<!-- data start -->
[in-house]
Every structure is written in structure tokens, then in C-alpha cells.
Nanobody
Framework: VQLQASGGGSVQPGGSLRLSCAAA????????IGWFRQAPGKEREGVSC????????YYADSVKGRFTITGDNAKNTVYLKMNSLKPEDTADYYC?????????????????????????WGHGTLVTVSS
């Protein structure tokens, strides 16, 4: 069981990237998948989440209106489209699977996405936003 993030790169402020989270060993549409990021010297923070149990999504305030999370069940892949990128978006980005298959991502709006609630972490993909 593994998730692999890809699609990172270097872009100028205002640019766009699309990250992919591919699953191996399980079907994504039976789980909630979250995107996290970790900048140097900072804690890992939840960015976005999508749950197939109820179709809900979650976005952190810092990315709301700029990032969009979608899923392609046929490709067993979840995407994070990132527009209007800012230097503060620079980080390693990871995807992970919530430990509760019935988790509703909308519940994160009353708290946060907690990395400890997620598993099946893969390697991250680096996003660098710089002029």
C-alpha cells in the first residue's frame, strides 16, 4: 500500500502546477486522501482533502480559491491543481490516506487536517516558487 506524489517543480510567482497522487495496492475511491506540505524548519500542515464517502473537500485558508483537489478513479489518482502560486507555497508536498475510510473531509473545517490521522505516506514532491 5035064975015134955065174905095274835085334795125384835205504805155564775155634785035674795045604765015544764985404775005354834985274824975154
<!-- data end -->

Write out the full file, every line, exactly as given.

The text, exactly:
[in-house]
Every structure is written in structure tokens, then in C-alpha cells.
Nanobody
Framework: VQLQASGGGSVQPGGSLRLSCAAA????????IGWFRQAPGKEREGVSC????????YYADSVKGRFTITGDNAKNTVYLKMNSLKPEDTADYYC?????????????????????????WGHGTLVTVSS
């Protein structure tokens, strides 16, 4: 069981990237998948989440209106489209699977996405936003 993030790169402020989270060993549409990021010297923070149990999504305030999370069940892949990128978006980005298959991502709006609630972490993909 593994998730692999890809699609990172270097872009100028205002640019766009699309990250992919591919699953191996399980079907994504039976789980909630979250995107996290970790900048140097900072804690890992939840960015976005999508749950197939109820179709809900979650976005952190810092990315709301700029990032969009979608899923392609046929490709067993979840995407994070990132527009209007800012230097503060620079980080390693990871995807992970919530430990509760019935988790509703909308519940994160009353708290946060907690990395400890997620598993099946893969390697991250680096996003660098710089002029």
C-alpha cells in the first residue's frame, strides 16, 4: 500500500502546477486522501482533502480559491491543481490516506487536517516558487 506524489517543480510567482497522487495496492475511491506540505524548519500542515464517502473537500485558508483537489478513479489518482502560486507555497508536498475510510473531509473545517490521522505516506514532491 5035064975015134955065174905095274835085334795125384835205504805155564775155634785035674795045604765015544764985404775005354834985274824975154